…but the GOP ain’t one?
As I was driving to work last week on my hour long commute I was listening to the Sirius XM channel “Backspin”, which for those who don’t know is a Hip Hop station. Well, really a “Rap” station. Actually, to be specific, an oldies Rap station. And I pondered that: has Rap really been around so long that it has an oldies station?!?
Well, yes. Back when I was in my formative years (the 1980s) I would often listen to the local oldies station (on AM radio!) while my friends were listening to Heavy Metal or New Wave, or yes, Rap. And it felt like that music was from a much distant time, one that had no reflection on what was happening around me. But I was seeing it strictly from the eyes of youth, where all time flow seems long and past events seem ancient. The truth is that the music being played, Rock from the 1950s and 1960s, was really only about 10-15 years old at it’s tail end. Because it hadn’t happen within my lifetime, it only seemed very old.
The same is true for Rap. To today’s kids, it probably very much sounds like oldies music. In fact, classic Rap is now edging on 40 years old, and most of the material on “Backspin” was popular between 20-30 years ago (full disclosure: I didn’t really become immersed in Hip Hop until my 30s. But my eclectic musical journey is the subject of its own future post). So if Rap/Hip Hop is hitting the big “4-o”, and we have a sitting president who is only 50 years old, is Barack Obama the first “Hip Hop President”? Now, obviously, this issue does involve his race a bit. Being the first black President makes him more likely to be the first Hip Hop President for two reasons: back then (and still true today) Hip Hop was mainly performed by black artists, and its popularity was larger in black audiences. So being black, he would more likely be on the Hip Hop train before a white person of similar age.
The real criteria though is his age itself. The past two Presidents were squarely in the Baby Boomer camp, and aficionados of that era’s Rock and Country music, (both hailing from the South). Before that, we had numerous Presidents of the “Greatest Generation” of WWII participants. So popular music ranging from Benny Goodman to Lynyrd Skynyrd has been amply represented. While I think Obama is skirting the back end of the Boomers, he was hitting just the right age during the birth of Rap, and was in college for Rap’s formative Golden Years.
We know that Obama does listen to Hip Hop (and was criticized for leaving it out of his campaign music), and has cemented a number of friendships with noted artists and pioneers of the form. But I don’t think he is quite the true first Hip Hop President that will be as big a game changer as his being the first black President. Yes, he has let some coded signals to the knowing fan slip into his appearances. Yes, he is already disillusioning those in the community that thought he was the one. Yes, he does hang with Hova and Beyoncé. But Obama might just be a bit too cool. He’s not going to be breaking out in a duet with Busta anytime soon. I could see him as the first Jazz President, maybe, but Clinton easily has that one tied up.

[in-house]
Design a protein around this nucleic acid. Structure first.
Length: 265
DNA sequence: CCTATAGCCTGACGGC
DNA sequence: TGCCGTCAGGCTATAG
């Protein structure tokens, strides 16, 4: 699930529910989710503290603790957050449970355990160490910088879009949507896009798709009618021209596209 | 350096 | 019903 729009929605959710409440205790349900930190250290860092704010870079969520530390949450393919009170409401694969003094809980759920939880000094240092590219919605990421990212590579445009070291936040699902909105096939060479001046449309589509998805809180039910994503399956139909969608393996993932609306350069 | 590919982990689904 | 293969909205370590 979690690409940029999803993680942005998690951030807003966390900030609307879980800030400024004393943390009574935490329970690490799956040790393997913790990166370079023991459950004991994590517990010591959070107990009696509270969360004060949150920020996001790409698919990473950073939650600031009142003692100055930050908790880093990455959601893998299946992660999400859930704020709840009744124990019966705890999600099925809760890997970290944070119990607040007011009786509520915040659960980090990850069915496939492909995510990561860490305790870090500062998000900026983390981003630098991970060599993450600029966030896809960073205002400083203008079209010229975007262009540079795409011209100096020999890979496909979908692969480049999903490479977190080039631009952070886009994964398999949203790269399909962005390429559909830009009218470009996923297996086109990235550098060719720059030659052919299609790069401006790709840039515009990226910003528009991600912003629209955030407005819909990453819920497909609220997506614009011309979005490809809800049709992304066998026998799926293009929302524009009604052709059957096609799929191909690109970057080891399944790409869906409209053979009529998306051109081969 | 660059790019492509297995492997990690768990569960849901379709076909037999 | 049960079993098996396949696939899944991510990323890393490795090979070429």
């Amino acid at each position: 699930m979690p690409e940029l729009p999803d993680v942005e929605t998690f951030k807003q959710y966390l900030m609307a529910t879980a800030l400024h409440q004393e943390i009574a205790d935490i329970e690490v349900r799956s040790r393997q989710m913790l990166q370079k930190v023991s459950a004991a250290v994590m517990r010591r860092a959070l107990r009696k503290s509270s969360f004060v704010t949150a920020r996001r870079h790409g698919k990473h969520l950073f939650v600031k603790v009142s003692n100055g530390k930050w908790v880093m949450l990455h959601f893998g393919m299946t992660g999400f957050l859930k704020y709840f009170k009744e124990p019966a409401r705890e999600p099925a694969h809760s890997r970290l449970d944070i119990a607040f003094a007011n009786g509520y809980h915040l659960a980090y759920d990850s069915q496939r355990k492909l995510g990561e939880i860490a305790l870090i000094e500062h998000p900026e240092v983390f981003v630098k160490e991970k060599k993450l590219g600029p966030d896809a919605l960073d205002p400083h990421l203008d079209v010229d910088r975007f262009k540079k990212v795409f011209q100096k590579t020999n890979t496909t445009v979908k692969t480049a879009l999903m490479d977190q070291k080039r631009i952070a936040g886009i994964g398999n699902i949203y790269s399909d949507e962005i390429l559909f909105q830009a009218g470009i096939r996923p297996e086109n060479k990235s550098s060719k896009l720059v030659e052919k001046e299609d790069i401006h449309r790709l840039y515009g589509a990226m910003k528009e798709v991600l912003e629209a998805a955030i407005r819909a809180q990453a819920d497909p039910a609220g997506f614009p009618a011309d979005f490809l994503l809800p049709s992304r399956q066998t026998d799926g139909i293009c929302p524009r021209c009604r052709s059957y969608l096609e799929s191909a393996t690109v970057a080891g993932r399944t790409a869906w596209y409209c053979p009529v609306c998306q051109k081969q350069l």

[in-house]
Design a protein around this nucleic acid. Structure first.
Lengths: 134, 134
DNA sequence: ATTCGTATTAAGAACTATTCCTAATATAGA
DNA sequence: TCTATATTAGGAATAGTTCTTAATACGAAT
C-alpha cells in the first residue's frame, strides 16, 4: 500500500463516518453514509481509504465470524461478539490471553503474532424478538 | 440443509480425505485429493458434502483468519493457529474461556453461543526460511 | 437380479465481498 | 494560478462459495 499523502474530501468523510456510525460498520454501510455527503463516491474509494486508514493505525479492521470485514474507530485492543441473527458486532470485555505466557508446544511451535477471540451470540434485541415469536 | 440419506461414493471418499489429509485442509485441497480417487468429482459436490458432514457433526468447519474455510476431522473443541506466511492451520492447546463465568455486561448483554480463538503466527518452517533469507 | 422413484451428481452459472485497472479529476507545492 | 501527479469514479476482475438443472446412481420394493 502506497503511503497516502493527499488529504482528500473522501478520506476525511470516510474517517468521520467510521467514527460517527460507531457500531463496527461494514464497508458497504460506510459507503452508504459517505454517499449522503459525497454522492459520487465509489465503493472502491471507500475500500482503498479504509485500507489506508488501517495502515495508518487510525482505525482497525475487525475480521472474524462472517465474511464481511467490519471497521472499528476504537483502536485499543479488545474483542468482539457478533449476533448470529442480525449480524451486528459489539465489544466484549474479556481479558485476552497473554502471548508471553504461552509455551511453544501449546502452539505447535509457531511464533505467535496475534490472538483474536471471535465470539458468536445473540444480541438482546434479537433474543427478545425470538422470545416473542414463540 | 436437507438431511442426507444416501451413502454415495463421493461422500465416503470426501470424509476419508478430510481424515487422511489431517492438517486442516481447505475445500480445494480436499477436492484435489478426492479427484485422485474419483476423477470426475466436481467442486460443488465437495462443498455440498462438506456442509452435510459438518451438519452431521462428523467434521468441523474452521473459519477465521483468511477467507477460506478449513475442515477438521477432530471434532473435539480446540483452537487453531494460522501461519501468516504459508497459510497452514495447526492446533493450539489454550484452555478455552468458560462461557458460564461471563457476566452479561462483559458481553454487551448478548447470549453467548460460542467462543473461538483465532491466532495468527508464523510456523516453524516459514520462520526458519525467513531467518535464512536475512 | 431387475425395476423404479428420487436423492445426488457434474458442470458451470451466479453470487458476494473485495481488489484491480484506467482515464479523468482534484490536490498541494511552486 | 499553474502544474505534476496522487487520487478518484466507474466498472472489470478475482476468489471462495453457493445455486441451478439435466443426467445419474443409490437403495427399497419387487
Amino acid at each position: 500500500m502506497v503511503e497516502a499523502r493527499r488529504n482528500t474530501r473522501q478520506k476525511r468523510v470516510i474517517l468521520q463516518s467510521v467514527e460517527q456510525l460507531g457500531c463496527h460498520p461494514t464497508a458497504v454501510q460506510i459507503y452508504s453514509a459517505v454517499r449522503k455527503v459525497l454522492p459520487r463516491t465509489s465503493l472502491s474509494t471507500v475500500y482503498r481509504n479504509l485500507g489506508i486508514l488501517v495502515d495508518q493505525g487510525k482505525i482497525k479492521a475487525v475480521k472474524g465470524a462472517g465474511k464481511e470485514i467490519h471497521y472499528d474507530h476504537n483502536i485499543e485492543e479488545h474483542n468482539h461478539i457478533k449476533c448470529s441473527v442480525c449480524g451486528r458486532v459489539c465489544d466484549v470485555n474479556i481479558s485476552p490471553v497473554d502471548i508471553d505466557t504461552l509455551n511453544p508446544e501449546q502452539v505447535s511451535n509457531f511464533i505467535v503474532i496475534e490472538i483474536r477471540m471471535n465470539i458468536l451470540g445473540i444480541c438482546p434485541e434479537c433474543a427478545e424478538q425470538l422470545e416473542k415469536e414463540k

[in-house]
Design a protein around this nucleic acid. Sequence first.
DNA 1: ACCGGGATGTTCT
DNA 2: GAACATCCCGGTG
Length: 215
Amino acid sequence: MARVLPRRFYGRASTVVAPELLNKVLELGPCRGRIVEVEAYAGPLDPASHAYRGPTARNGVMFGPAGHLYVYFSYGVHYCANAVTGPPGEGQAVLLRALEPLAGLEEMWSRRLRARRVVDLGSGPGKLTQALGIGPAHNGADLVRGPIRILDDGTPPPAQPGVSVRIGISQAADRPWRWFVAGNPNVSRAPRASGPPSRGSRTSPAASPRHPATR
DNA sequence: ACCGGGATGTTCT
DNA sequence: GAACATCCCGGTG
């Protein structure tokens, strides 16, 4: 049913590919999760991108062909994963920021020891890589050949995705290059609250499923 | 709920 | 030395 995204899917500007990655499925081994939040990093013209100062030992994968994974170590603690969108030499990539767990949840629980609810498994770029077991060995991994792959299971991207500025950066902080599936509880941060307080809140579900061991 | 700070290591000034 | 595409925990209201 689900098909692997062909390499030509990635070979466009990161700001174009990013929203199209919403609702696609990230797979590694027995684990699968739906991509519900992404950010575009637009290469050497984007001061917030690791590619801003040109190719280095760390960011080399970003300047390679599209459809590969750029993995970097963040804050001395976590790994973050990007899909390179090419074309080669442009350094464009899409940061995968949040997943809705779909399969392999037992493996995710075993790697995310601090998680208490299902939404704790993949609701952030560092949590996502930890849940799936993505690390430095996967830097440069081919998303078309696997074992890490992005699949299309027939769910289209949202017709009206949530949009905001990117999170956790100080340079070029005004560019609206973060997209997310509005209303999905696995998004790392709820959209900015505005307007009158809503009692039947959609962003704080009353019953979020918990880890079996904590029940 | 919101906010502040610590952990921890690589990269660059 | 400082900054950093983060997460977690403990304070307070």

No, Obama is too cerebral, and frankly too old. The real first Hip Hop President will have grown up immersed in the culture, not grown up alongside it. He (or She) will have never known a unified “top 40” music chart, but instead a fractured melange of Grunge, Hip Hop, Acid, Boy Band, Pop. And probably, he will be white. Not white like Rick Santorum, or Mitt Romney. But part of that generation that went to see LL Cool J or Naughty by Nature without ever thinking of them as black performers, but just as one more musical act.
The beauty of time is that eventually all trends are inevitable. And whereas going from Big Band to Pop to Rock seemed jarring at the time, it was a relatively gentle progression (albeit one that led to Civil Rights and Hippie culture, aka all the things that divided the Boomers). Hip Hop, on the other hand, was a cultural shift. And by the time it became mainstream the youth that enjoyed it ranged across the entire spectrum of black, white, rich, poor, gay, straight. This demographic is going to more acceptant of who you are, who you love, and what color your skin is. Mainly by not caring who you are, who you love, or what color your skin is. And so, in my eyes, the promise of the first Hip Hop President isn’t as much about music as it is the inevitability of acceptance. And come to think of it, she’s probably going to be Hispanic anyway.